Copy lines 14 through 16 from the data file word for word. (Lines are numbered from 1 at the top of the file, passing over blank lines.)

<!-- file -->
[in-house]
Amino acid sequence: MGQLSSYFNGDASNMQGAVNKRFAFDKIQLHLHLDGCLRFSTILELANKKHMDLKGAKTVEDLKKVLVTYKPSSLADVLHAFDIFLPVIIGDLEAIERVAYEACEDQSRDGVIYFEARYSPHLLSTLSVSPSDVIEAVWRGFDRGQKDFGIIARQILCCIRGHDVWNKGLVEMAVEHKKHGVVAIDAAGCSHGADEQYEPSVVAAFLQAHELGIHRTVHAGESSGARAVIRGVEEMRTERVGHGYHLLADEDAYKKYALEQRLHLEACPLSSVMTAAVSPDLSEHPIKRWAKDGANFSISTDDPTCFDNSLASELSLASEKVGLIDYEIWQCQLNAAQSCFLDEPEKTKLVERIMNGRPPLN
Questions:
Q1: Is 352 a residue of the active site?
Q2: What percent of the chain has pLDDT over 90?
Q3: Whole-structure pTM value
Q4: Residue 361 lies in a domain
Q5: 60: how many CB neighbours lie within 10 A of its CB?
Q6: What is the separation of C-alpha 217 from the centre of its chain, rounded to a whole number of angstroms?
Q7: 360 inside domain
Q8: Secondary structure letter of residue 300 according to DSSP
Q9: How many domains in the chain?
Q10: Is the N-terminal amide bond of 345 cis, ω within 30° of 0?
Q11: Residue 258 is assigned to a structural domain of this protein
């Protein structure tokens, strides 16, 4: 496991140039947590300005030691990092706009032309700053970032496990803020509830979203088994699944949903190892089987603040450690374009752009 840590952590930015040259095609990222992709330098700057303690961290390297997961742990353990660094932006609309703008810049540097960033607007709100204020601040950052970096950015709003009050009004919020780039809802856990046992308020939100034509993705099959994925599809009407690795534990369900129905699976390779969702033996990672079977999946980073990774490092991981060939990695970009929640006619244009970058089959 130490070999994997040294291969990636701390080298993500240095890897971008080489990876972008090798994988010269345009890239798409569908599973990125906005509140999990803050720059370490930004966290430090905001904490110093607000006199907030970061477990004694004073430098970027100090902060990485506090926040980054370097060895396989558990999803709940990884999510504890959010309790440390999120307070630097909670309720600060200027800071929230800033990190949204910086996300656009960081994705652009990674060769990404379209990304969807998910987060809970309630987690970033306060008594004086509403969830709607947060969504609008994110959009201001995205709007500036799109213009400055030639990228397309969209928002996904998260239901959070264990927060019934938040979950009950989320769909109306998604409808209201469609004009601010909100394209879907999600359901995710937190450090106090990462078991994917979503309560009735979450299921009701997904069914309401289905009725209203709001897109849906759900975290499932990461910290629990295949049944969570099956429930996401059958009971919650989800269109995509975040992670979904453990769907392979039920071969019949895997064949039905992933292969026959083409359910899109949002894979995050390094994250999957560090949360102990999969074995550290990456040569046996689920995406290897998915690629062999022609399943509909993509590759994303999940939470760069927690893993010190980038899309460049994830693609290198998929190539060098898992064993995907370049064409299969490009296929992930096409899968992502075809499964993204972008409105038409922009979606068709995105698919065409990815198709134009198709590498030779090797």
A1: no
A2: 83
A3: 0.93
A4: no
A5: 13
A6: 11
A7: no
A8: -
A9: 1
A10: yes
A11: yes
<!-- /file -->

Q11: Residue 258 is assigned to a structural domain of this protein
């Protein structure tokens, strides 16, 4: 496991140039947590300005030691990092706009032309700053970032496990803020509830979203088994699944949903190892089987603040450690374009752009 840590952590930015040259095609990222992709330098700057303690961290390297997961742990353990660094932006609309703008810049540097960033607007709100204020601040950052970096950015709003009050009004919020780039809802856990046992308020939100034509993705099959994925599809009407690795534990369900129905699976390779969702033996990672079977999946980073990774490092991981060939990695970009929640006619244009970058089959 130490070999994997040294291969990636701390080298993500240095890897971008080489990876972008090798994988010269345009890239798409569908599973990125906005509140999990803050720059370490930004966290430090905001904490110093607000006199907030970061477990004694004073430098970027100090902060990485506090926040980054370097060895396989558990999803709940990884999510504890959010309790440390999120307070630097909670309720600060200027800071929230800033990190949204910086996300656009960081994705652009990674060769990404379209990304969807998910987060809970309630987690970033306060008594004086509403969830709607947060969504609008994110959009201001995205709007500036799109213009400055030639990228397309969209928002996904998260239901959070264990927060019934938040979950009950989320769909109306998604409808209201469609004009601010909100394209879907999600359901995710937190450090106090990462078991994917979503309560009735979450299921009701997904069914309401289905009725209203709001897109849906759900975290499932990461910290629990295949049944969570099956429930996401059958009971919650989800269109995509975040992670979904453990769907392979039920071969019949895997064949039905992933292969026959083409359910899109949002894979995050390094994250999957560090949360102990999969074995550290990456040569046996689920995406290897998915690629062999022609399943509909993509590759994303999940939470760069927690893993010190980038899309460049994830693609290198998929190539060098898992064993995907370049064409299969490009296929992930096409899968992502075809499964993204972008409105038409922009979606068709995105698919065409990815198709134009198709590498030779090797």
A1: no